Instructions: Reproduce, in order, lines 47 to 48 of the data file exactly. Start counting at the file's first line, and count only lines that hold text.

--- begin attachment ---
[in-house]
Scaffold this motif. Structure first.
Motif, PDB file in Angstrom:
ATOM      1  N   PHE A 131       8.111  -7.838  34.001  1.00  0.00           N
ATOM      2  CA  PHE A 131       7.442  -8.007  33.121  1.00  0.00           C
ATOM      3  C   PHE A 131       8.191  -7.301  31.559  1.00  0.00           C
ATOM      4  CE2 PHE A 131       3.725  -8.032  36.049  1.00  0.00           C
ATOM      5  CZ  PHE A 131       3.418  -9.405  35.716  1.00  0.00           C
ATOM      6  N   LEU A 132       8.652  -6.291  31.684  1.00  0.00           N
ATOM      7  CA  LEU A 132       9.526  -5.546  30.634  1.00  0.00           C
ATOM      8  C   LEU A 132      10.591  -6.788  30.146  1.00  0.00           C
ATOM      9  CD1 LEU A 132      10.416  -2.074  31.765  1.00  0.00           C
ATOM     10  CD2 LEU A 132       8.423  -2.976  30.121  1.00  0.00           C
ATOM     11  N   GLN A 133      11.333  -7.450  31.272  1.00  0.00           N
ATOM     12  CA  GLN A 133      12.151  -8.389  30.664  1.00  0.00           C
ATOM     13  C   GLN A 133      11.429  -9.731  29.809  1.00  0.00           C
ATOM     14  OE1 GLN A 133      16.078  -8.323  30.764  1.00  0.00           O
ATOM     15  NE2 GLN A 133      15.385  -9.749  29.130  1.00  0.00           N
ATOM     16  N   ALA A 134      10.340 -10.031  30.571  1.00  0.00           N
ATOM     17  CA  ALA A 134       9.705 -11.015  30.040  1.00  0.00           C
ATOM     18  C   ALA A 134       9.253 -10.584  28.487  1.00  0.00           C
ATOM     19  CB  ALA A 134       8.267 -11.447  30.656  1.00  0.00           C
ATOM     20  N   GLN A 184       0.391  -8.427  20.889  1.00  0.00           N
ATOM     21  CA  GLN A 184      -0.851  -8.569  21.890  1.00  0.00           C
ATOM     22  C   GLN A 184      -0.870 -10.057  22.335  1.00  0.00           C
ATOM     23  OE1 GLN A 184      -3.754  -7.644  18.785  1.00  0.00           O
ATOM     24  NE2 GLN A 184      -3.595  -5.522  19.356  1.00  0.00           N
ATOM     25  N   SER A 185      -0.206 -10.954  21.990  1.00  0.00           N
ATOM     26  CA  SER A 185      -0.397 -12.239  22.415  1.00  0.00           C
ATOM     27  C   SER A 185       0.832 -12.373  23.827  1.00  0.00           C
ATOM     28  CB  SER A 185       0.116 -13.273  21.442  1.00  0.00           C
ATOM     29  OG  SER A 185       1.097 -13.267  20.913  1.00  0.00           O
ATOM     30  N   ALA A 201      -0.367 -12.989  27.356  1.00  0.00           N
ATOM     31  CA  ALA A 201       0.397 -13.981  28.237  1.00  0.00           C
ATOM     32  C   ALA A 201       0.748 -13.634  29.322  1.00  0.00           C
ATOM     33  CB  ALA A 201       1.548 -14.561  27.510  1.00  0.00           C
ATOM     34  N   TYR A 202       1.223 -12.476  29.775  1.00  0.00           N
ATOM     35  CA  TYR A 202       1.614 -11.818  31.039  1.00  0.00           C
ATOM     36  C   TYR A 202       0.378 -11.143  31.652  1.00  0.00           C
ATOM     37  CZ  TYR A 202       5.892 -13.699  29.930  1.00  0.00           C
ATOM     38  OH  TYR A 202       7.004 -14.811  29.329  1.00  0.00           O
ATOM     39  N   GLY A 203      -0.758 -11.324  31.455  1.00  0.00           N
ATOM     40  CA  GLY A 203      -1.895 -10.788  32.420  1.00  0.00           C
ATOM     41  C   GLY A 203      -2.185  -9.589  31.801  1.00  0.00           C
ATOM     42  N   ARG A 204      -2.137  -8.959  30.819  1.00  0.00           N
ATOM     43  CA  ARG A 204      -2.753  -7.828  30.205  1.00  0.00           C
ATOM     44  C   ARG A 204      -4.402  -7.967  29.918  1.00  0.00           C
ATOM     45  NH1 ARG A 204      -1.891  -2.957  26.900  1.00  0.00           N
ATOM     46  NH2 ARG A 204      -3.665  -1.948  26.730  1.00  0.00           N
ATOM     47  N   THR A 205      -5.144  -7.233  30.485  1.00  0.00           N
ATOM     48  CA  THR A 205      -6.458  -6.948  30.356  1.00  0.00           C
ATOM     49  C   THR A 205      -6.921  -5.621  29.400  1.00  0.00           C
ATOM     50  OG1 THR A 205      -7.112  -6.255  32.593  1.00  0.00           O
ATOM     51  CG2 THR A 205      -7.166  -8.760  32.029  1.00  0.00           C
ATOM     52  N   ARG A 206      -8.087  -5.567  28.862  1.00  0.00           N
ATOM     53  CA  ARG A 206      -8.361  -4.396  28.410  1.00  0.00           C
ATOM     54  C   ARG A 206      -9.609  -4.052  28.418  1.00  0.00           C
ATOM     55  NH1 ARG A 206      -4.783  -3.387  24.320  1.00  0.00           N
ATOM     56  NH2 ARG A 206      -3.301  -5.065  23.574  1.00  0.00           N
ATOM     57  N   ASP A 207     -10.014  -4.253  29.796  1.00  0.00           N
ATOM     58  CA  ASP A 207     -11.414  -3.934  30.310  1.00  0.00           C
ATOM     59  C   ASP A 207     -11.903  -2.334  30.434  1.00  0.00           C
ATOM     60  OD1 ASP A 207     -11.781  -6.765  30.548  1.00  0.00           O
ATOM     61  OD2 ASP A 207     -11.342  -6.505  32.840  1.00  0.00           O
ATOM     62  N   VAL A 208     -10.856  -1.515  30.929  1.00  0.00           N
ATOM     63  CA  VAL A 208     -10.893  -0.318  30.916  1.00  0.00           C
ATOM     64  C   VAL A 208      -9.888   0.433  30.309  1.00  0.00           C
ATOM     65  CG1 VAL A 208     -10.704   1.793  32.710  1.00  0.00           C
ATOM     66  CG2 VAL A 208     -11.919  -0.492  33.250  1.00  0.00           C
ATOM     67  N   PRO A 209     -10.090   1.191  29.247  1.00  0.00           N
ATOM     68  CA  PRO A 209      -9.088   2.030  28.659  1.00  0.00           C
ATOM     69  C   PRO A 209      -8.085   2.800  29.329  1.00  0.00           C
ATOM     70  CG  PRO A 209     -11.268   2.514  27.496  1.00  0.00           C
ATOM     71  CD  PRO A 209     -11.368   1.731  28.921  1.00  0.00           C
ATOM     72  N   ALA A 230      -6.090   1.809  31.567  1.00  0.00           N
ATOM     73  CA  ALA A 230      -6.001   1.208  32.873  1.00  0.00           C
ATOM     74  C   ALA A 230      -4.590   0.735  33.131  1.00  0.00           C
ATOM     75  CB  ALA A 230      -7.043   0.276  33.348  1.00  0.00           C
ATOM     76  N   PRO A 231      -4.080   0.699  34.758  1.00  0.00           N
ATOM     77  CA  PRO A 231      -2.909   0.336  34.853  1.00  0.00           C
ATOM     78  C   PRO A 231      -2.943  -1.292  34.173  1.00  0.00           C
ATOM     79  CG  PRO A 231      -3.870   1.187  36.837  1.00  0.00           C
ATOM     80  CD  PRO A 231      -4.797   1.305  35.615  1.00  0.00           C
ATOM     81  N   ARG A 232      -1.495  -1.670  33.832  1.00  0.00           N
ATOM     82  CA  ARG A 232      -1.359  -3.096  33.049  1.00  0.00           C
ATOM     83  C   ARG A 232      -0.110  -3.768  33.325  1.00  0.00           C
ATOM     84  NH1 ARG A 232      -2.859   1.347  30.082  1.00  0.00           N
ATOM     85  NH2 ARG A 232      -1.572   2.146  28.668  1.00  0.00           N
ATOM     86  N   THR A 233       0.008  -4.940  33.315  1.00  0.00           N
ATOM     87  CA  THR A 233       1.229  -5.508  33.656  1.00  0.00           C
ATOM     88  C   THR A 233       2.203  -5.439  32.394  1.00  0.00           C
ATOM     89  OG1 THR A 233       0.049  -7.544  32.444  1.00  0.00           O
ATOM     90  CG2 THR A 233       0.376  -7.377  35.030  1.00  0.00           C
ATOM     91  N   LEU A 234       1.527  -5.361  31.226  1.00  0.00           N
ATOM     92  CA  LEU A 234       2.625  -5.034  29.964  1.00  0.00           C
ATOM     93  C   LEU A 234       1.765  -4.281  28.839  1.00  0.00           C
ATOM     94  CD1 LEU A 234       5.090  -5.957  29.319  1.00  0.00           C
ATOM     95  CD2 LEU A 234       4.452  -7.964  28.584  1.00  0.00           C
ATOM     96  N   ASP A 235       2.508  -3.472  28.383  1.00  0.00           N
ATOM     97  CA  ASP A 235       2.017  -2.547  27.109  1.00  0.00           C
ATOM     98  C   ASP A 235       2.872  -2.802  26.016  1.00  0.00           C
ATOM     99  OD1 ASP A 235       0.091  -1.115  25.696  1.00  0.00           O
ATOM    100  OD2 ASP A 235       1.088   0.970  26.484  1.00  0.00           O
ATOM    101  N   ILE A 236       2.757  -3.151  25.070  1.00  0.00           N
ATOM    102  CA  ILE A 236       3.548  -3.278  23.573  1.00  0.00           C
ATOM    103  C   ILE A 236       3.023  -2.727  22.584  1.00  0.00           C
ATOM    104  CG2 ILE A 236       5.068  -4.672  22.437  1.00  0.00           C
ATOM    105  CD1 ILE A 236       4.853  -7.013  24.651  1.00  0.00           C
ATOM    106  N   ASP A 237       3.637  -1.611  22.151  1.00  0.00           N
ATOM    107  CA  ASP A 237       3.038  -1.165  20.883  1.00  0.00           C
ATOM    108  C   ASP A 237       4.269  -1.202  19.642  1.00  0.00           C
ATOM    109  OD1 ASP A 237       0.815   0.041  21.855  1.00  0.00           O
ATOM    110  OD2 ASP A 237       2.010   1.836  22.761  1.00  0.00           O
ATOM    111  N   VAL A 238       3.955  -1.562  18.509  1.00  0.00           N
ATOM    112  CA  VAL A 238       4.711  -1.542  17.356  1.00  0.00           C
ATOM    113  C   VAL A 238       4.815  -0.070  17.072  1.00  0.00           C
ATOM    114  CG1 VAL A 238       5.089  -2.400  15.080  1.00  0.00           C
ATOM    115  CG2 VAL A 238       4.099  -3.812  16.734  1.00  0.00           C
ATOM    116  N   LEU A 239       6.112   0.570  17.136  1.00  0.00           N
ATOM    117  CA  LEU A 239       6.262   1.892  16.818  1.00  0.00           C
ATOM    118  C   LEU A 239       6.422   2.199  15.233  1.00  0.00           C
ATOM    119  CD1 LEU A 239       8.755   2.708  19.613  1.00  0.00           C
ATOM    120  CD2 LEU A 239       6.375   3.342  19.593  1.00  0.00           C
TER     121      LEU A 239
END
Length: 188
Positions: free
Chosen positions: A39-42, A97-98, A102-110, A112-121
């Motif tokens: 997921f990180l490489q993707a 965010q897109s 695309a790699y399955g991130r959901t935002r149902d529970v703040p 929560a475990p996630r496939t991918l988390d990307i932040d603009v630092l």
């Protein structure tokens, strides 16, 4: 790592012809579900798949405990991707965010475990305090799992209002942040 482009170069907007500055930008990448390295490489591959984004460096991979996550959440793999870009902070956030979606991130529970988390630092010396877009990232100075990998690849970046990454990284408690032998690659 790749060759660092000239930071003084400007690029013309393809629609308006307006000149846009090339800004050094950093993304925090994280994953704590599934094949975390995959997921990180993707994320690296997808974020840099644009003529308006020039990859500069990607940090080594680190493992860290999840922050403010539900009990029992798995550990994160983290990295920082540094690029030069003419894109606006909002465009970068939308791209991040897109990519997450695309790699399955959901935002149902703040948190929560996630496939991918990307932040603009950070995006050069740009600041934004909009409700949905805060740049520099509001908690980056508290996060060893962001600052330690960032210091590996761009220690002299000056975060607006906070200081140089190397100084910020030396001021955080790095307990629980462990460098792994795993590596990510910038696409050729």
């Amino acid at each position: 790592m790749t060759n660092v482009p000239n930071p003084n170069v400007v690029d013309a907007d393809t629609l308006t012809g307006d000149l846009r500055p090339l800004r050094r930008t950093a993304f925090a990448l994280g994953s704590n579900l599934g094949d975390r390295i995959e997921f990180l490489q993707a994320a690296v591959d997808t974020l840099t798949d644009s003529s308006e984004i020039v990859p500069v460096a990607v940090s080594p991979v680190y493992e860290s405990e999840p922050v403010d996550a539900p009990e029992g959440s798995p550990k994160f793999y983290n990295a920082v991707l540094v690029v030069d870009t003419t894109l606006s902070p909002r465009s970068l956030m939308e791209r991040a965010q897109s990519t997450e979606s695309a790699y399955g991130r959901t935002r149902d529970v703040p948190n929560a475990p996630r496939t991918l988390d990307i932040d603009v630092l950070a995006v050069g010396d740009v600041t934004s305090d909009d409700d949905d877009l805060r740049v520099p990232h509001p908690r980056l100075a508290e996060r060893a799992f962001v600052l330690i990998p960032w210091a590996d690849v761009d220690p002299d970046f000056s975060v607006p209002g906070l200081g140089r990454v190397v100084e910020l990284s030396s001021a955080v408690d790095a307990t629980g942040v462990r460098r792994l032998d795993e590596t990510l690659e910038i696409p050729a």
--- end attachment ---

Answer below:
ATOM     44  C   ARG A 204      -4.402  -7.967  29.918  1.00  0.00           C
ATOM     45  NH1 ARG A 204      -1.891  -2.957  26.900  1.00  0.00           N